New pre-natal test could screen for 3,500 potential disorders
A single, non-evasive test involving a blood sample from the mother and saliva from the father could mean unborn babies can be screened for thousands of potential genetic defects, reports The Telegraph.
Scientists at the University of Washington in Seattle have found that by taking DNA samples from a mother and a father, they can reconstruct the entire genetic code of an unborn baby.
This means they could then scan for more than 3,000 potential gene disorders that could indicate the risk of conditions such as autism and schizophrenia.
At the moment, the NHS only routinely tests for Down’s syndrome, cystic fibrosis, muscular dystrophy and spina bifada via amniocentesis, a technique that involves inserting a probe into the womb to extract amniotic fluid. Amniocentesis carries certain risks for the mother and the foetus.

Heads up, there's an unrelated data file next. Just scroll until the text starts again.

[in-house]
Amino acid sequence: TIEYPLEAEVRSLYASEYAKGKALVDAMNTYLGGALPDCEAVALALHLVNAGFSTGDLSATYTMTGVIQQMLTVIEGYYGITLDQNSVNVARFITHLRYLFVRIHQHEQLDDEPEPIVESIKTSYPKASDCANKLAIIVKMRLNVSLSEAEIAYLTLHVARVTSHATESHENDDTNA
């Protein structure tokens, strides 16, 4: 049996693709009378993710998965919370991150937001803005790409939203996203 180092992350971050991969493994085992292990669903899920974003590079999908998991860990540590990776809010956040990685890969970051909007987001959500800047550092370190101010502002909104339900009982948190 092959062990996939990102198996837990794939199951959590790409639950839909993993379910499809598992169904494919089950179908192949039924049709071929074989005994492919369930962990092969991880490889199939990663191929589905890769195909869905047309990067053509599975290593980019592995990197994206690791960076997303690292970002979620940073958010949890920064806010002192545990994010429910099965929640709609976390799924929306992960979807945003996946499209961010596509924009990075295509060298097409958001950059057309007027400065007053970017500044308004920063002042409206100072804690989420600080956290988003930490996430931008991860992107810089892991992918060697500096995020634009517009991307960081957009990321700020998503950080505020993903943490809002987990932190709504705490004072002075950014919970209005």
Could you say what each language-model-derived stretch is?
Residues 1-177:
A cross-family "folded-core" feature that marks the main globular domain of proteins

According to The Telegraph, the scientists report the new test could also provide details of the baby’s future health.
They warned, however, that increased testing raised important moral questions.
“The less tangible implication of incorporating this level of information into pre-natal decision making raises many ethical questions that must be considered carefully within the scientific community and on a societal level,” the scientists said.
Pro-life campaigners say increased testing could lead to more abortions.
Josephine Quintavalle, founder of the Pro-Life Alliance, said in The Telegraph, “One always hopes, vainly, that in utero testing will be for the benefit of the unborn child. Whilst this new test may not itself be invasive, given our past track record, it is difficult to imagine that this new test will not lead to more abortions.”
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